It has been eight years since the last time I fasted – it was in late 2001 – and for that fast I practiced in solidarity with our Muslim brothers and sisters by fasting from sunrise to sunset for a couple of weeks.
Recently I was sharing about a personal relationship issue with a monastic friend and teacher and he suggested I start with a period of fasting. I was not completely clear on how this could help or be related, but I trust my friend and know that fasting is a common practice in the monastery. The intention here is not a detox fast, but one of a more spiritual nature. I started practicing with the fast for a 1-2 weeks by fasting for dinner. It wasn’t too difficult to eat two meals a day, the most difficult time being late afternoon. This did raise my confidence and understanding in fasting.
For this fasting practice, I decided to take the experience as it happened without putting too much pressure on myself. Though he had suggested 10-days, I decided to just take it one day at a time. I also decided to make it primarily a water only fast with a couple of exceptions – namely, I would drink 2-ounces of a juice blend in the morning and evening and would allow myself a cup of tea in the morning. Aside from that, it was water. The fast was three days.
The body is strange and powerful. The body felt solid and grounded for most of the fast but at the same time it allowed the mind to soften and wander a bit further than normal. I participated in some physical activity in the yard and in the house, went to a meeting at work one day, and worked on the computer. The key to success seemed to be having the option to rest whenever needed because I did get tired more quickly and easily than normal.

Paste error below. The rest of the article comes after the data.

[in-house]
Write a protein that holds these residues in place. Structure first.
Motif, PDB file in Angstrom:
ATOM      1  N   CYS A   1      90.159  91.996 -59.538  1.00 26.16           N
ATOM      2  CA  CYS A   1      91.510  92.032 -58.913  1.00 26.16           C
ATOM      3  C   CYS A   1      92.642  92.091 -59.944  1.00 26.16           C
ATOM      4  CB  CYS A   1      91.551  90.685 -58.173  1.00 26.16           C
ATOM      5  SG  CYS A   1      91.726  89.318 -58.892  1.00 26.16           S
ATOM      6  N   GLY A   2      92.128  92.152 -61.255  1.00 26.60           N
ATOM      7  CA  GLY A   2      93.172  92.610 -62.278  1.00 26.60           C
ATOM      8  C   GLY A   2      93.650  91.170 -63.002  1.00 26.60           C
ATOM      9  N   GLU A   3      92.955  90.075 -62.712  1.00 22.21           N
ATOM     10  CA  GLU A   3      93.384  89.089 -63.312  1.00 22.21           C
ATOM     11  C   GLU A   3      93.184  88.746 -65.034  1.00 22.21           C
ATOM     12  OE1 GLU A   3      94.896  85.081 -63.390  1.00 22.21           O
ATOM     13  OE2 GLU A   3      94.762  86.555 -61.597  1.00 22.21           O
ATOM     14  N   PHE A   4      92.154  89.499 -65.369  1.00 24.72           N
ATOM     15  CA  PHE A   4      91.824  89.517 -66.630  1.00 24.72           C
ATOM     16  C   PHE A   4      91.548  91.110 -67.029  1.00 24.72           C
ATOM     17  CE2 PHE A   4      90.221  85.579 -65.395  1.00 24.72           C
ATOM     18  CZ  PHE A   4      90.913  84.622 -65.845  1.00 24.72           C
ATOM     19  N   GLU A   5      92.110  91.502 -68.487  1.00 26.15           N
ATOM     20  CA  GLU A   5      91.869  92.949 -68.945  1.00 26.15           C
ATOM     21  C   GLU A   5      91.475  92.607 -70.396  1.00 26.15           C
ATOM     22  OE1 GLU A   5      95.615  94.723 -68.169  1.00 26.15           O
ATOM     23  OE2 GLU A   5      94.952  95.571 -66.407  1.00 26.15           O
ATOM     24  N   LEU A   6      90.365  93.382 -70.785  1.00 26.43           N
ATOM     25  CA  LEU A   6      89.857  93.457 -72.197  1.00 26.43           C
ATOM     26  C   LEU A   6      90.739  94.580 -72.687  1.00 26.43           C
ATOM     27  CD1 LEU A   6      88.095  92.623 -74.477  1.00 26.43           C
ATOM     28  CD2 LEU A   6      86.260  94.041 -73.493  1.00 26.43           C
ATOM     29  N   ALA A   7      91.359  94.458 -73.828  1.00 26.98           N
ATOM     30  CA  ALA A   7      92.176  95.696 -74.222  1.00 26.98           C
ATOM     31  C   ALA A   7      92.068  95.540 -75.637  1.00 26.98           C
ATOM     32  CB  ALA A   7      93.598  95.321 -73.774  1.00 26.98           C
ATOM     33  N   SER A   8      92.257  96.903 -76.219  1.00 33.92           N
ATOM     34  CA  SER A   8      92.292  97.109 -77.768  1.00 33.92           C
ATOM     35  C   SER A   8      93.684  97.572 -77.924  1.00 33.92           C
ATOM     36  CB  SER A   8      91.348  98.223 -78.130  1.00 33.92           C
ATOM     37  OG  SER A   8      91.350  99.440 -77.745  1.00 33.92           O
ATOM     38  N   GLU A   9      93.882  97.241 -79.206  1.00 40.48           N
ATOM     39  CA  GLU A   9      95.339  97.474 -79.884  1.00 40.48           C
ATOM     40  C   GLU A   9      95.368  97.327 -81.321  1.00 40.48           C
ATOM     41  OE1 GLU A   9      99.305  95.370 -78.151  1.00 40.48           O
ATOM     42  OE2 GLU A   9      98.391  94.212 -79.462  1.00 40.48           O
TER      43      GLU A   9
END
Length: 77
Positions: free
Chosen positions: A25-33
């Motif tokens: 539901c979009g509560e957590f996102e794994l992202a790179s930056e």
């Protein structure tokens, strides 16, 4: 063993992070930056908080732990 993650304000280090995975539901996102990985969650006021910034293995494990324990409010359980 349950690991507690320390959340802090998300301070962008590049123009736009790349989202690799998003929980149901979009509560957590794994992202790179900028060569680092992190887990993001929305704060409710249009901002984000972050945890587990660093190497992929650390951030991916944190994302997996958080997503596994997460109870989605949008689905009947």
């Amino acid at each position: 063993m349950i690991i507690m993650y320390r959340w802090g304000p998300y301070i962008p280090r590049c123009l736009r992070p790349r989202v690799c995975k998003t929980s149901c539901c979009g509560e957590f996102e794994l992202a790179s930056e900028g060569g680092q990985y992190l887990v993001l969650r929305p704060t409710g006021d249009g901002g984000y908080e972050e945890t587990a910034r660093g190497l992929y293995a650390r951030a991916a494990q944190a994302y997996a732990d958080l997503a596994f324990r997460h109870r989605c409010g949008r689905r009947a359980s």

On a physical level, fasting really brings a person in touch with the body itself. The needs. The functions. The different parts. Experiencing hunger pains. Numbness. Dizziness. A person cannot act and behave normally when hungry.
On a mental level, fasting gives your mind the freedom to touch its relationship to the body. More importantly, the mind slows with the body. I had an intention with my fast, to focus on my personal relationship, and with each moment of physical discomfort and tightness of the stomach I could bring awareness to that relationship. This is important to me. I will work on this more. How can things be improved?
On the third day I discovered what the most important part of the fast was for me. Namely, I slowed down. The pace of life was reduced dramatically. I could still participate and do life’s activities but at a completely different rate. Wow, so this is it. To be present. With that I decided to end the fast. I had gained some insight and also realized that I needed to lend more support to my family by having more energy and strength (by eating again).
I hope to fast again in the future and also know that I could continue beyond three days if I wanted to journey further into my consciousness. Thank you Br. Phap Dung, Leslie, and the kids for being my support.